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will plastic bottles explode from bottling primed apple cider? Answered



Hey I got a great video here on bottling beer:


Safety tip. (Not for you, for the beer/cider). As RavingMad said, I also had no issues with exploding (glass) bottles when making beer but had heard some stories. So I used to slip a piece of PVC pipe around each bottle while they were stored in crates to prevent any collateral damage (specifically to the precious beer) ....mmmmm beeeeeeer. I'd kill every person in this room for a single drop of sweet sweet beer.... sorry did I say that or write it? 

I was told when I started making beer that there were basically two approaches used for bottle conditioning:
a) Add a measured amount of priming sugar to the whole batch, then bottle
b) Add a smaller amount of priming sugar to each bottle, then fill & cap.
The guy at the homebrew store strongly recommended a) to help eliminate explodification due to inconsistent priming. Of course, the amount of sugar added and the temperature of the beer while conditioning were also big considerations. I never had a single bottle explode, but I imagine that a sudden heat wave could have changed all that rather quickly.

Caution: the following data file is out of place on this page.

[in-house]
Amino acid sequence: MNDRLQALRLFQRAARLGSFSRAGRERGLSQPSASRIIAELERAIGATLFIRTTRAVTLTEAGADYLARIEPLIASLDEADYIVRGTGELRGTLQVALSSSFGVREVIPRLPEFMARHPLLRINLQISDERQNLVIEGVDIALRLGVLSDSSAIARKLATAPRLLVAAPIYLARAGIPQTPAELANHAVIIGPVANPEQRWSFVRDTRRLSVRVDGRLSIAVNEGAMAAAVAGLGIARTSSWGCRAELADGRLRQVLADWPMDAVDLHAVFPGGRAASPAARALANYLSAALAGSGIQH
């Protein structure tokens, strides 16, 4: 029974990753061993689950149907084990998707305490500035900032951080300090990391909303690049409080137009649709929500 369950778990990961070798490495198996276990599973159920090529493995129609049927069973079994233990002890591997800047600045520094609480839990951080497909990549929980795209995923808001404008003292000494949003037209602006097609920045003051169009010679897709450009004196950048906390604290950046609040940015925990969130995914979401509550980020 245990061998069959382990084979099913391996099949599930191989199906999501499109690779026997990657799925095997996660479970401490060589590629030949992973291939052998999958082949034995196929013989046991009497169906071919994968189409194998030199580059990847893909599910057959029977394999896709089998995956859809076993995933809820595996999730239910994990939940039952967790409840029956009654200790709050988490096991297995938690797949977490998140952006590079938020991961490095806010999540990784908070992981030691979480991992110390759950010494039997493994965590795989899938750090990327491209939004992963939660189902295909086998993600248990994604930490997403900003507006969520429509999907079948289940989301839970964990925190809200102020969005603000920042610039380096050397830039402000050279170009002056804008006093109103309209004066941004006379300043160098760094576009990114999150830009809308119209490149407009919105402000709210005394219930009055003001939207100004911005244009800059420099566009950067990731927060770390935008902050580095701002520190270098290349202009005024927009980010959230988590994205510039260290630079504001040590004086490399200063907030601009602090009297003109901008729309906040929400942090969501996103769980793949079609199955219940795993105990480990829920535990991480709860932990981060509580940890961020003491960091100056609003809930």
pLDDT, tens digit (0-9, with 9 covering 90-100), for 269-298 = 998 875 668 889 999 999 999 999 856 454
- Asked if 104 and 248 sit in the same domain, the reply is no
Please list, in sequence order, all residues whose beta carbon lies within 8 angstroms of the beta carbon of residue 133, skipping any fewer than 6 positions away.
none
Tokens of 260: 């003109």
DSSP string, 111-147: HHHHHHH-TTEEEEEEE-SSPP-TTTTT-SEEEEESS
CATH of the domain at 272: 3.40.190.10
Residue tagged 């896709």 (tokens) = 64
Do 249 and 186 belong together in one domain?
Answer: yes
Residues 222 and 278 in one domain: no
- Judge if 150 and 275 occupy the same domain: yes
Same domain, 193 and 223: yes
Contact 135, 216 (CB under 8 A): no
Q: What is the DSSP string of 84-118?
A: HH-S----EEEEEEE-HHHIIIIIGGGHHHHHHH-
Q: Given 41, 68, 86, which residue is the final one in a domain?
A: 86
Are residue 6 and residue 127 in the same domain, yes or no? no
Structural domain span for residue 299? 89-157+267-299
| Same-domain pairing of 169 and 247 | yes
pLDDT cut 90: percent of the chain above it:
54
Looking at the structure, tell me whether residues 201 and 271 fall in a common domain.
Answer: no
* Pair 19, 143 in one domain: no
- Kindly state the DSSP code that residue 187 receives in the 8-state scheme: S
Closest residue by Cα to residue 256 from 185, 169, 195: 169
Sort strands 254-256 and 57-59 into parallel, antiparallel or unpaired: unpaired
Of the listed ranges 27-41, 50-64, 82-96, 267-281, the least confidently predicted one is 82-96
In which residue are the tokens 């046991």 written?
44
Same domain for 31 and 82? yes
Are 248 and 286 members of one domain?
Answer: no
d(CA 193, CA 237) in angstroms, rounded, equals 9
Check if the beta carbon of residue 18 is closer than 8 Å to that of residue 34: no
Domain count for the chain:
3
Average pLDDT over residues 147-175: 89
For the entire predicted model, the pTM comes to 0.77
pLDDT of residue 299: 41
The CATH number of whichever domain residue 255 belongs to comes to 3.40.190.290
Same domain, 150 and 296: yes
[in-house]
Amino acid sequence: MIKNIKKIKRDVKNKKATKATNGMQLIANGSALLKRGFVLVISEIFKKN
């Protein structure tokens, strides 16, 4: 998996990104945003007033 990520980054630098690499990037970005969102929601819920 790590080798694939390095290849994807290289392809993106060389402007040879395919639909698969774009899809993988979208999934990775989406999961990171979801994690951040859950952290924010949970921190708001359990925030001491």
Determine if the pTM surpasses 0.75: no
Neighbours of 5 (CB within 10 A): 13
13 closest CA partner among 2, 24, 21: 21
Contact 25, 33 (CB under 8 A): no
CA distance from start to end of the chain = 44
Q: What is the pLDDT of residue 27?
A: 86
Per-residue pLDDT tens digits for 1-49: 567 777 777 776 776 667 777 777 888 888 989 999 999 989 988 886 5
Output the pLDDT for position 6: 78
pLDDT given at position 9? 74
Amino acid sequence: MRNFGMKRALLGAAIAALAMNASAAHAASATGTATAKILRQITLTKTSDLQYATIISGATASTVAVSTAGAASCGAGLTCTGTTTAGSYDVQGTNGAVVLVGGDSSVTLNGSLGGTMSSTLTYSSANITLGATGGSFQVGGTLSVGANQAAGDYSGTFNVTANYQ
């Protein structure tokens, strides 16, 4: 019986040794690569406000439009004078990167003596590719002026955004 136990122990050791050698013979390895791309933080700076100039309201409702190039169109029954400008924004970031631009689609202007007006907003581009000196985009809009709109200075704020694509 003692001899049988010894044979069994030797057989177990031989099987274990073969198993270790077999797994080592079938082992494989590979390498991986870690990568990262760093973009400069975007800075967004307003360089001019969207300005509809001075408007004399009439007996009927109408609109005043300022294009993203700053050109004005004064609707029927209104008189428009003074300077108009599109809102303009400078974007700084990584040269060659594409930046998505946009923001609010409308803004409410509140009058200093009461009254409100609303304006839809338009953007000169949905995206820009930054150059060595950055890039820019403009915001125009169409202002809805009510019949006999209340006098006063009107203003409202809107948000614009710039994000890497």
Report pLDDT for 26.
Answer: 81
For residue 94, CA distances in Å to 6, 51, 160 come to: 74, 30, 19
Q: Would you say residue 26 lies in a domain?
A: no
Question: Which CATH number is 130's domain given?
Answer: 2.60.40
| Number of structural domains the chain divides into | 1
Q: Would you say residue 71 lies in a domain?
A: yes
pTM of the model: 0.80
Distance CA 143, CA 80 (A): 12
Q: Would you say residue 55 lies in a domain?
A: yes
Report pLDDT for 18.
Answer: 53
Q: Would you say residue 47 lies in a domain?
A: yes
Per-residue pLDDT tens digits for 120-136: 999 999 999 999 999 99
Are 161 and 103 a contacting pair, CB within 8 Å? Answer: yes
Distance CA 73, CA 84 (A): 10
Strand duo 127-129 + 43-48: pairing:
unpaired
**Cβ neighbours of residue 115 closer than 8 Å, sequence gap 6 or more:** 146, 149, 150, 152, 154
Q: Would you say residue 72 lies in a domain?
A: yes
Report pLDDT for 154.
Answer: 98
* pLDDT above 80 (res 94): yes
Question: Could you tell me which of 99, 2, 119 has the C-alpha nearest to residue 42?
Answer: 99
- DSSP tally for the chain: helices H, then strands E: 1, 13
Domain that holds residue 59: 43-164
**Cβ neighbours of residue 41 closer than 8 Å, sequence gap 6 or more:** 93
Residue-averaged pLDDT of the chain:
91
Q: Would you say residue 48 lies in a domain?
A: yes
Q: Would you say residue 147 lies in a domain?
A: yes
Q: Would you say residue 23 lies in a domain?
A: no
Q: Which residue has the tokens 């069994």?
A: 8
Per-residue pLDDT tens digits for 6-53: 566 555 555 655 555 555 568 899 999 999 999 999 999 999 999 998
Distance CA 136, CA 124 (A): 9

In any case, the PVC sleeve thing is a great idea. I'm totally going to use that if I ever start making beer again.

it depends.
plastic PET bottles (like the ones used for soda) can accept some pressurization without exploding, but there is a limit. If you over-prime your cider there is a risk that the bottle will breach. If you're going for a light-fizz then you should be fine.

as a caution: glass bottles cannot accept as much pressure, so don't use them.

I used to bottle-condition beer all the time with no issues ever. Does cider generate that much more pressure than beer?

does cider produce more co2 than beer, again it depends.

my comment wasn't intended to say not to use glass ever. in fact, there's loads of beers and ciders that use glass. The difference is that with homebrew you don't have the benefit of slick industrialized process, thereby increasing the risk of bottle exploding if done incorrectly.

what I should have said is: if you're unsure then use plastic.

If they were originally sodabottles, no.